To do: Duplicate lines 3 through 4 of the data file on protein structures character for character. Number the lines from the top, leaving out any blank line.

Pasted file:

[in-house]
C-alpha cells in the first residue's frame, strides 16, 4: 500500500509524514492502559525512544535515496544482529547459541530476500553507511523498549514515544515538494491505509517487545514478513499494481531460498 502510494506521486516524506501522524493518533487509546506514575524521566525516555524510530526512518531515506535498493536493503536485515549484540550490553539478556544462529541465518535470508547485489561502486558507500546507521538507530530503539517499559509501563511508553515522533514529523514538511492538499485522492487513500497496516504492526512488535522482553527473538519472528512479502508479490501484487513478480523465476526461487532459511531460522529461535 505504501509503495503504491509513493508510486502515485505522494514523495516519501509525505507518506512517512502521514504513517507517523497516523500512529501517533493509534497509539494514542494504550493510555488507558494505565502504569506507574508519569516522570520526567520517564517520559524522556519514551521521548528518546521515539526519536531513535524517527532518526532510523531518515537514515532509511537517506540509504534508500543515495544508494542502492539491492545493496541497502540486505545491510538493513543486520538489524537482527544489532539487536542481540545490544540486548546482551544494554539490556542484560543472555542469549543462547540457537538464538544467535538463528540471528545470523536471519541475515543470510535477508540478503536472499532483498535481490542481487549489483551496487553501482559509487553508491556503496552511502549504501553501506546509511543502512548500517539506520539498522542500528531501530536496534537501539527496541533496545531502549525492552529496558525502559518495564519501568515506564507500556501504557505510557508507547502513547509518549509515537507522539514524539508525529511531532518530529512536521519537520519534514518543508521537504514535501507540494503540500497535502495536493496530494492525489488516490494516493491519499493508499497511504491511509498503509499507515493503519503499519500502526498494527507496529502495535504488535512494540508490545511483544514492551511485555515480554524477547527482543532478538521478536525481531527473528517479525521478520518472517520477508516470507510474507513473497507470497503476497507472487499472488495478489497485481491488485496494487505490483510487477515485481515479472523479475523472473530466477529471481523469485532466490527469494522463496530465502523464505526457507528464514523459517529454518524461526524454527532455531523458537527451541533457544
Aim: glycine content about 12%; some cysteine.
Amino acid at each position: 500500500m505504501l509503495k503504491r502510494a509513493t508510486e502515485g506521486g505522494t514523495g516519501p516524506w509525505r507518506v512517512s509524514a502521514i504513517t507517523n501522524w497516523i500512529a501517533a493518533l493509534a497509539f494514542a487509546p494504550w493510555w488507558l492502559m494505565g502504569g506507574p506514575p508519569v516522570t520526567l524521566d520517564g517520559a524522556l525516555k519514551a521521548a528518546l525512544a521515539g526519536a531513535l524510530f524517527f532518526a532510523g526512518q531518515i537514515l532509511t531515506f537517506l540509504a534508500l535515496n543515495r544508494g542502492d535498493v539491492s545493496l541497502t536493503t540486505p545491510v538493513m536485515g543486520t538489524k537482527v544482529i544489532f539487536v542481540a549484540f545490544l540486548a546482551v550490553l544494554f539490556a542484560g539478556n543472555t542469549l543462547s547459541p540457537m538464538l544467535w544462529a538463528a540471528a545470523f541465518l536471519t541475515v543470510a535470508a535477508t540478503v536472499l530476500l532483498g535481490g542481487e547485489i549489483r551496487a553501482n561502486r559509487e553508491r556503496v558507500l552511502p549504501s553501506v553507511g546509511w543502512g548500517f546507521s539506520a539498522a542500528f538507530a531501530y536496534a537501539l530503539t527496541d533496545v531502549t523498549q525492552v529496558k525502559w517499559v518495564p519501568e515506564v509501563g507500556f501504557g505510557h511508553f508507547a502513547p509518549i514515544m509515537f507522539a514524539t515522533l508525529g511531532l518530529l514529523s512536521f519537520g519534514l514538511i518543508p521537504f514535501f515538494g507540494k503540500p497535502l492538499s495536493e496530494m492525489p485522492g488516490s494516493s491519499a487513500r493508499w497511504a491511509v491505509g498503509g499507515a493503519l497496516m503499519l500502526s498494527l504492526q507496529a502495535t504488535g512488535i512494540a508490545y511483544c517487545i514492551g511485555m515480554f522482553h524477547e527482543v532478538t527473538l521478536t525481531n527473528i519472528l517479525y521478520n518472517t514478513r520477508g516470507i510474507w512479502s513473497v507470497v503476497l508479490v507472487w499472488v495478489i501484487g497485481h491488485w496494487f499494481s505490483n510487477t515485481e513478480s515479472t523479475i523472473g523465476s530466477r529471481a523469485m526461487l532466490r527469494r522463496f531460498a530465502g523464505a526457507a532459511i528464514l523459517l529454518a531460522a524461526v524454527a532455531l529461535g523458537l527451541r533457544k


Aim: glycine content about 12%; some cysteine.
Amino acid at each position: 500500500m505504501l509503495k503504491r502510494a509513493t508510486e502515485g506521486g505522494t514523495g516519501p516524506w509525505r507518506v512517512s509524514a502521514i504513517t507517523n501522524w497516523i500512529a501517533a493518533l493509534a497509539f494514542a487509546p494504550w493510555w488507558l492502559m494505565g502504569g506507574p506514575p508519569v516522570t520526567l524521566d520517564g517520559a524522556l525516555k519514551a521521548a528518546l525512544a521515539g526519536a531513535l524510530f524517527f532518526a532510523g526512518q531518515i537514515l532509511t531515506f537517506l540509504a534508500l535515496n543515495r544508494g542502492d535498493v539491492s545493496l541497502t536493503t540486505p545491510v538493513m536485515g543486520t538489524k537482527v544482529i544489532f539487536v542481540a549484540f545490544l540486548a546482551v550490553l544494554f539490556a542484560g539478556n543472555t542469549l543462547s547459541p540457537m538464538l544467535w544462529a538463528a540471528a545470523f541465518l536471519t541475515v543470510a535470508a535477508t540478503v536472499l530476500l532483498g535481490g542481487e547485489i549489483r551496487a553501482n561502486r559509487e553508491r556503496v558507500l552511502p549504501s553501506v553507511g546509511w543502512g548500517f546507521s539506520a539498522a542500528f538507530a531501530y536496534a537501539l530503539t527496541d533496545v531502549t523498549q525492552v529496558k525502559w517499559v518495564p519501568e515506564v509501563g507500556f501504557g505510557h511508553f508507547a502513547p509518549i514515544m509515537f507522539a514524539t515522533l508525529g511531532l518530529l514529523s512536521f519537520g519534514l514538511i518543508p521537504f514535501f515538494g507540494k503540500p497535502l492538499s495536493e496530494m492525489p485522492g488516490s494516493s491519499a487513500r493508499w497511504a491511509v491505509g498503509g499507515a493503519l497496516m503499519l500502526s498494527l504492526q507496529a502495535t504488535g512488535i512494540a508490545y511483544c517487545i514492551g511485555m515480554f522482553h524477547e527482543v532478538t527473538l521478536t525481531n527473528i519472528l517479525y521478520n518472517t514478513r520477508g516470507i510474507w512479502s513473497v507470497v503476497l508479490v507472487w499472488v495478489i501484487g497485481h491488485w496494487f499494481s505490483n510487477t515485481e513478480s515479472t523479475i523472473g523465476s530466477r529471481a523469485m526461487l532466490r527469494r522463496f531460498a530465502g523464505a526457507a532459511i528464514l523459517l529454518a531460522a524461526v524454527a532455531l529461535g523458537l527451541r533457544k